Editing and revision are key parts of the writing process. For me, and probably for a lot of other people, this is the dreaded part of writing. I freely admit that I am a wordy writer.  A very wordy writer at that.  I consider this to be part of the “charm” of my writing, but when I’m looking at it from a distance I can see it as a flaw just as easily.  That said, when I’m working on a story, I will go through it several times after writing The End, checking for grammar and word order, checking for any blatant errors like characters whose name changes mid-way through the story, or problems that are presented but not solved within the story. I will read it silently without making any changes.  I’ll read it out loud to listen to the flow of dialogue (I do this often with prose and always with scripts).  I’ll shrink the screen down so that I can see one line at a time and read each letter and punctuation mark for technical accuracy. (OK, maybe I get a little crazy sometimes with the editing). I do all of this before anyone else sees the manuscript and sometimes before anyone even hears that I’ve been writing it.

But at some point, I cannot edit anymore but I know it isn’t “finished”.  You know the time – right when the coffee runs out, the feeling of doubt and self-loathing sets in and you are certain this work is the most dreadful piece of garbage ever written. It is usually at this point, when I’ve spent a lot of time on a piece and am ready to click the delete key to permanently remove it from existence, that I decide it’s time for another set of eyes.  What I’ve learned over the years is that sometimes it is best to let the story go for a brief foray out of the nest, to see if it is ready to fly.  Sometimes you can’t “finish” a story because it is, in fact, already done; other times you can’t finish it because it needs some changes all the way back at the beginning. While the piece may truly be the worst piece of drivel ever written, it usually is not and it just takes someone else’s eyes to see it. Beta readers can help with getting the piece from the “drifting in the wind” stage to the “soaring with the eagles” stage.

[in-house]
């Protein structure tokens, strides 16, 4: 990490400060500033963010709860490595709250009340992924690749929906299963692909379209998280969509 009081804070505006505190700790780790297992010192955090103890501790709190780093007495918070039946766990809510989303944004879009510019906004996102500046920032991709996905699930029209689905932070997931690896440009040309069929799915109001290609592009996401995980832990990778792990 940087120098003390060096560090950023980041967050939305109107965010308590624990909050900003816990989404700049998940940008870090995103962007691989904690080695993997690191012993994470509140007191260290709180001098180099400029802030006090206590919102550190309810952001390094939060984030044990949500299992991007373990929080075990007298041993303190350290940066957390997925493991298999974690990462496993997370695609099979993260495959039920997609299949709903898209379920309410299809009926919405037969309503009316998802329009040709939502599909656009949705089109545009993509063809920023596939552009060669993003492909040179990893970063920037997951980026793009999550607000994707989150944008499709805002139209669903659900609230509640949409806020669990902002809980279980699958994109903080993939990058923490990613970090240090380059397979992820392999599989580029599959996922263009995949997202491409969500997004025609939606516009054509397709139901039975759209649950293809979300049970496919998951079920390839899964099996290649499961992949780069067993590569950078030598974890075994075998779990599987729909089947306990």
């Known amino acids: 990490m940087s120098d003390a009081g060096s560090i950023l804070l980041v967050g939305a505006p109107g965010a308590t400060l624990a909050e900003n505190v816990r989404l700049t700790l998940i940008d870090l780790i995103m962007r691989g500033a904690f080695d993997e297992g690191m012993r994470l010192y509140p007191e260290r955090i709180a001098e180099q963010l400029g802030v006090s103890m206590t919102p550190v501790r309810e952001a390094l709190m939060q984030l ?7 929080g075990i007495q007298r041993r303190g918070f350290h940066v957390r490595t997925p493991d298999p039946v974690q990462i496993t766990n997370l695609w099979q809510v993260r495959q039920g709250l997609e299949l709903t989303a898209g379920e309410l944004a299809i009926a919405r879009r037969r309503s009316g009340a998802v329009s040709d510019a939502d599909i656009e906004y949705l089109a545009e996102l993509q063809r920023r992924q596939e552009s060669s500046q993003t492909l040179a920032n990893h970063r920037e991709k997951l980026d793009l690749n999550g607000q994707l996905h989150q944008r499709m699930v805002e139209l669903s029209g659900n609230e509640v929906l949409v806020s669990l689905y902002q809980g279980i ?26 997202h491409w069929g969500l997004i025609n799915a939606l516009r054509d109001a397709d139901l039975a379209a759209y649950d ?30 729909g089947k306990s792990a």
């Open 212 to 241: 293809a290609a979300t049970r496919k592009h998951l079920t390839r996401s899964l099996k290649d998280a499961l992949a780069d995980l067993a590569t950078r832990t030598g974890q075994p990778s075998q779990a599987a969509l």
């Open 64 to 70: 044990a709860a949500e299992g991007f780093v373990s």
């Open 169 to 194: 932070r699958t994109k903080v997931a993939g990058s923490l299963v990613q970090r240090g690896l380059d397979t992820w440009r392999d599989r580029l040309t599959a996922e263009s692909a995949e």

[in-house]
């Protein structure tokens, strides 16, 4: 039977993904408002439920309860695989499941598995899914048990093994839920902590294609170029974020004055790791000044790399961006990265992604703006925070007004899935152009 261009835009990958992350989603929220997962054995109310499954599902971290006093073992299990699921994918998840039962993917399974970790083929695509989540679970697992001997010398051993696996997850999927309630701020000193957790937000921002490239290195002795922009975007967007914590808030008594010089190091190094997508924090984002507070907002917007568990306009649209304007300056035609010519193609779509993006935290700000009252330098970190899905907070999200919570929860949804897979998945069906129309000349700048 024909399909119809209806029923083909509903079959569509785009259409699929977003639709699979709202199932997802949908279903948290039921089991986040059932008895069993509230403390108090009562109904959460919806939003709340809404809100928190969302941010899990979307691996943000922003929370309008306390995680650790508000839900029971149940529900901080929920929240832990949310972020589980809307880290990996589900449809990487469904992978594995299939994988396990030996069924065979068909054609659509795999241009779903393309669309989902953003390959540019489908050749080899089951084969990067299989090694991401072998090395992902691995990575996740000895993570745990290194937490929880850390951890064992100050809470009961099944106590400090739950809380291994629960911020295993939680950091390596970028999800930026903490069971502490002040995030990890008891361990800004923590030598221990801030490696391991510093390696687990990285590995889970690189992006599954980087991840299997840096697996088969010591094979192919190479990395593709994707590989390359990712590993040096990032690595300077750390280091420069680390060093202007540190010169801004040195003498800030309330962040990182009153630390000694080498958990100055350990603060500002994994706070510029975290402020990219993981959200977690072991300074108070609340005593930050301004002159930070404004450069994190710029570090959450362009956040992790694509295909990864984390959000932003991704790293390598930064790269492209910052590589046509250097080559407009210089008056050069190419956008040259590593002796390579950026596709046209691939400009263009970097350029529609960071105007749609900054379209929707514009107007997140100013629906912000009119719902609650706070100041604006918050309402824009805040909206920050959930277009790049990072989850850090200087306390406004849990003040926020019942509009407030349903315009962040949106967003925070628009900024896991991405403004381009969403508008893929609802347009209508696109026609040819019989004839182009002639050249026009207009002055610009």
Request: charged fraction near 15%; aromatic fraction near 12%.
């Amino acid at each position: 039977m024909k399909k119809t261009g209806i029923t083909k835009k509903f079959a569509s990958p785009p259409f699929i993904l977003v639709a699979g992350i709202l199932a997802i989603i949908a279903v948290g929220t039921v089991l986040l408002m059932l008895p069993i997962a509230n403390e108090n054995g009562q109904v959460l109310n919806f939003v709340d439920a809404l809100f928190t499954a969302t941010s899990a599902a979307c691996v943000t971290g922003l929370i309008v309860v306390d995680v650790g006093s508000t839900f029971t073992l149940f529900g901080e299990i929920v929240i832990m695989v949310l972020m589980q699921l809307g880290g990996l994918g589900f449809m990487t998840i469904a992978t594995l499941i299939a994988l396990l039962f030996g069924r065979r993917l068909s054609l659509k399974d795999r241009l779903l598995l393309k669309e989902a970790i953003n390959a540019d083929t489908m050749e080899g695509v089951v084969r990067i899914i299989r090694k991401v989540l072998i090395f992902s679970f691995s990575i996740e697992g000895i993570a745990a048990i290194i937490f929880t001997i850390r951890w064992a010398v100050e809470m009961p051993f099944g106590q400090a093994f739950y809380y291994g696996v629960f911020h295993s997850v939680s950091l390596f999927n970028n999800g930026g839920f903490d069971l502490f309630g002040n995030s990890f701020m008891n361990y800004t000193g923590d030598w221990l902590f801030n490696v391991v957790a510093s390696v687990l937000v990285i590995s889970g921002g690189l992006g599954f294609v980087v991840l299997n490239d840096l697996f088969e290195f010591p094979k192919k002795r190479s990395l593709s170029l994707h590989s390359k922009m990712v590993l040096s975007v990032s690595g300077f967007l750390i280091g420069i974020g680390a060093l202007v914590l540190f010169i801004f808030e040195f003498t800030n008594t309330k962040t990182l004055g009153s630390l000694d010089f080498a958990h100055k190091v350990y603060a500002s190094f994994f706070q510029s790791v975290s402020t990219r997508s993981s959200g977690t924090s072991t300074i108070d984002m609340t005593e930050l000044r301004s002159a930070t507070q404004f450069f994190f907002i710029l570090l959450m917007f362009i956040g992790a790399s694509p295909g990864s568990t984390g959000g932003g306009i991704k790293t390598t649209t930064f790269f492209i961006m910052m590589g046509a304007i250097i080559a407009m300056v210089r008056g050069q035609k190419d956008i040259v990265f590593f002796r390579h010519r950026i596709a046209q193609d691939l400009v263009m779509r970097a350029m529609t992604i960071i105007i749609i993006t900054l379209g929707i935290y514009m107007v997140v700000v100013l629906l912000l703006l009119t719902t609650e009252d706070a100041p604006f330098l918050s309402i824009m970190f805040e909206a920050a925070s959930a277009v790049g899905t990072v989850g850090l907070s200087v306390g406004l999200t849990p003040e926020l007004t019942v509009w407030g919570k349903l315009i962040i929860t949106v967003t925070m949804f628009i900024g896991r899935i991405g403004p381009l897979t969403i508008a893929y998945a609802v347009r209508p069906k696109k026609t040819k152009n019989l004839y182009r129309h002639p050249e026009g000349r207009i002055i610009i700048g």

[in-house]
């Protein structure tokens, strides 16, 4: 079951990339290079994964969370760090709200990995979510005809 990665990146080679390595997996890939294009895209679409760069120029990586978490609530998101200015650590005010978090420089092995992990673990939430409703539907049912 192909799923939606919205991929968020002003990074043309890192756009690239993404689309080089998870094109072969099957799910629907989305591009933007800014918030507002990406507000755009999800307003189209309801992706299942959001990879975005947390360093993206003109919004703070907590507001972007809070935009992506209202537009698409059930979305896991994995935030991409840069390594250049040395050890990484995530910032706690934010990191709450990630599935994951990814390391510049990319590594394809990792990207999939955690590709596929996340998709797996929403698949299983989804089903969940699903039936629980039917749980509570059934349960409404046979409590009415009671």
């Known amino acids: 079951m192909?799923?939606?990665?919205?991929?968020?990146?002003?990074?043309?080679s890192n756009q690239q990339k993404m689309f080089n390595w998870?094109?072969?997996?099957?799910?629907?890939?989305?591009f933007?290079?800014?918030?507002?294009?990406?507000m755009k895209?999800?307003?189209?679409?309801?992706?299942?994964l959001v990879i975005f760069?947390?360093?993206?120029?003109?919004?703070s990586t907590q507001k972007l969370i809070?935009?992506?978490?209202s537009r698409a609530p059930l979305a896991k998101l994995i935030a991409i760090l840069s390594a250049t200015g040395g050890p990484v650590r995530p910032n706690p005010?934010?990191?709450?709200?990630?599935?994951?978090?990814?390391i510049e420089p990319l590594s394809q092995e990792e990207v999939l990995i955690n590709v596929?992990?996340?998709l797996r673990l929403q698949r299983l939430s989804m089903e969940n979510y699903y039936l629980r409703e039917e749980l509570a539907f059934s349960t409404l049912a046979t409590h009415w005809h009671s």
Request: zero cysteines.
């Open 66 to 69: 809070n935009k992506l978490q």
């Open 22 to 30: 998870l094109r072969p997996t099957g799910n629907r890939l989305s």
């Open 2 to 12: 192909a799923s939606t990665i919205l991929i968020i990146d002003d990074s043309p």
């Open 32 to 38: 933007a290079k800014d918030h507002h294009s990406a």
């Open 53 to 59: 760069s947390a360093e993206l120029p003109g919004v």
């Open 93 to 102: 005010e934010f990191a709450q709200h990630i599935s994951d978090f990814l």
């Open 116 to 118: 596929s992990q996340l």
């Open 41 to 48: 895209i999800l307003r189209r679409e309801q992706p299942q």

Beta reading is a partnership between an author and a small set of trusted readers who are, quite often, also authors.  It allows you to get feedback from readers who are asked to go through your work and provide direct, honest and sometimes difficult-to-hear comments. When working with a beta reader, there are some key tips I’ve found to make the partnership more successful:

  1. Know what you want and when you want it.  It’s important to know what you expect from your beta readers and even more important to communicate it to them. Your beta readers also need to know the turn-around time you expect. Life is busy and things get pushed aside all the time, so it is important that everyone knows up-front what the expectations are. In general, the beta reader’s job is to provide feedback about what works, what doesn’t work and what could be done differently. Sometimes it is an idea exchange – I’ve taken the story as far as I can on my own, now I need someone else to tell me what I can do to make it better. Giving the beta reader an idea as to what you are looking for, be it a thorough, line-by-line editing, general thoughts on the plot and characters or ideas for how to rework a particular scene, helps to ensure a successful collaboration – which ultimately will help to ensure a successful story.